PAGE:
|Location||Qalqilya, West Bank|
|Land area||2 hectares (4.9 acres)|
|Number of animals||170|
Qalqilya Zoo is a small 2-hectare (4.9-acre) zoo in the Palestinian city of Qalqilya on the western edge of the West Bank. Established in 1986, it is the only municipal zoo in the Palestinian territories. The zoo houses 170 animals, a natural history museum, a children's entertainment park, and an on-site restaurant.
The zoo was the brainchild of the former mayor of Qalqilya. Israeli zoos helped to stock it and it was designed as a symbol of Arab-Israeli cooperation. When it opened in 1986, the zoo was considered a "jewel in the crown of Palestinian national institutions." It became a popular attraction and was later expanded to accommodate the increasing flow of visitors, which included both Arabs and Israelis.
After the outbreak of the Intifada, visitors from outside Qalqilya were barred entry. In 2003, the Israeli authorities allowed group visits arranged in advance. A child playing outside the main entrance of the zoo on a public holiday was killed by indiscriminate fire which led to a brief drop in visitors. The zoo's survival has been attributed to the hard work and dedication of its resident veterinarian, Dr Sami Khadr and his staff.
During the intifada, a giraffe from South Africa, frightened by the sound of gunfire, was killed when it ran into a pole. Ruti, his pregnant partner, miscarried ten days later. In 2002, three zebras died after inhaling tear gas used to break up a demonstration at a high school adjacent to the zoo. Khader used his knowledge of taxidermy, to preserve some of the animals, including the giraffe, the unborn calf, the zebras, a monkey, wildcats and snakes.
Since its inception, an Israeli veterinarian, Motke Levison, has helped out at the zoo, providing phone consultations and meeting with Khader to deliver emergency medical supplies. Levison has served as a mediator, helping the zoo acquire new animals. Three lions, three ibex desert goats and two zebras were donated by the Ramat Gan Safari park in September 2004. The lions were meant to be transferred to Qalqilya in 2000, but the outbreak of the Second Intifada delayed the delivery. Saeed Daoud, director of the Qalqilya Zoo, dubbed the three lions, who were named Jafer, Jaras and Naboko, "the kings of peace." According to Khadr, the Ramat Gan zoo also sent him monkeys, an ostrich, and raccoons.
The zoo houses lions, brown bears, crocodiles, ostriches, camels, deers, gazelles, zebras, birds, lizards, snakes, and monkeys of various types. There is also a hippopotamus named Dubi, who shares his small concrete wading pool with a family of peacocks. In December 2003, the zoo was described in The Guardian as "one of the West Bank's more pleasant surprises [...] there is a small but beautiful landscaped park. There is a large swimming pool packed with children. And amid the trees, in spacious, clean enclosures, a lioness, an ostrich, a family of bears, a pool full of crocodiles." The animals have ample room to move around with some enclosures as big as those in the London Zoo.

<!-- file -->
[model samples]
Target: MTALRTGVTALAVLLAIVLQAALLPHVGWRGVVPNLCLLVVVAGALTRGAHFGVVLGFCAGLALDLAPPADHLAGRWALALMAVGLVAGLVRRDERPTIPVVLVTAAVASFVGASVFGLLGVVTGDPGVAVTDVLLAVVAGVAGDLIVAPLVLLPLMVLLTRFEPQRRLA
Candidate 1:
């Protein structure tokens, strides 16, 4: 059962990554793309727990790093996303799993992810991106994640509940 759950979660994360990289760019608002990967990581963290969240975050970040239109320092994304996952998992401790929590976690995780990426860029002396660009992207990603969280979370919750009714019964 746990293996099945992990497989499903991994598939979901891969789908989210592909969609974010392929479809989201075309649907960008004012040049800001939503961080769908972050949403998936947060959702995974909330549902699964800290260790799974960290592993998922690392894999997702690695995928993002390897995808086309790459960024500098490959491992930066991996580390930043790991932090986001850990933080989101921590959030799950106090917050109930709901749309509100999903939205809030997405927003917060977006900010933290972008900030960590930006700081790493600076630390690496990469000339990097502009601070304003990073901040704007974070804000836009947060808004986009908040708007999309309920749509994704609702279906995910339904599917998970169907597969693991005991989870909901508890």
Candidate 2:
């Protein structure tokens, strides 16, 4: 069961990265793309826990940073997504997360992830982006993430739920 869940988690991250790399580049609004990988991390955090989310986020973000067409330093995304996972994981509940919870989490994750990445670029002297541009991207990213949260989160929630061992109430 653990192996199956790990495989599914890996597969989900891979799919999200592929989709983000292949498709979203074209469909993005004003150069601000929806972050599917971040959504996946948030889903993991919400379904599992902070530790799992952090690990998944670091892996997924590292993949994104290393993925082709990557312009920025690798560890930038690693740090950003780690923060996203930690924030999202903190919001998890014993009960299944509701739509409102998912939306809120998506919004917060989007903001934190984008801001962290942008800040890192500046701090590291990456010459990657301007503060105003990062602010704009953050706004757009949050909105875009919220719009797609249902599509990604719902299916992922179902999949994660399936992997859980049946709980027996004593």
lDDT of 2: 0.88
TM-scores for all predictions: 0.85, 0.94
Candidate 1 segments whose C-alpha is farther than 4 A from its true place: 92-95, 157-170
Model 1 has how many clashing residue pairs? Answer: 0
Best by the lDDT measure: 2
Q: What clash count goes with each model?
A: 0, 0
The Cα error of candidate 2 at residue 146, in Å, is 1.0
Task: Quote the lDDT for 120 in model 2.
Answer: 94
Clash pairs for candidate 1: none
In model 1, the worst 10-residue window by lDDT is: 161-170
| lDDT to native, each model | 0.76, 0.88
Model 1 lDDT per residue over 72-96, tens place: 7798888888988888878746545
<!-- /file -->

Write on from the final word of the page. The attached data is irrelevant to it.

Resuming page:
The zoo can be reached by taking a service taxi from the city center. The zoo also has a small children's entertainment park with a large swimming pool. Schoolchildren are frequent visitors to the zoo's "colorful, highly eccentric Natural History Museum."
|Wikimedia Commons has media related to Qalqilyah Zoo.|
- Julia Glover (August 5, 2004). "Zebras, giraffes and tear gas". CBC News. Retrieved 2009-01-25.
- "Contrasts in the Zoo of Palestine". Palestine Monitor. February 14, 2008. Retrieved 2009-01-25.
- Amelia Thomas (July 7, 2008). "The last Palestinian zoo". Lonely Planet.
- Justin Huggler (December 14, 2003). "The world's loneliest zoo: Amid the violence and poverty of the West Bank is a besieged but beautiful animal park, treasured by families on both sides of the divide". The Guardian.
- Justin Huggler (July 26, 2003). "West Bank zoo stays open, but one by one its animals are dying amid the teargas and panic". London: The Guardian. Retrieved 2009-01-25.
- Ahmad Sub Laban (September 22, 2004). "The lion kings of Qalqilya". Retrieved 2009-01-25.
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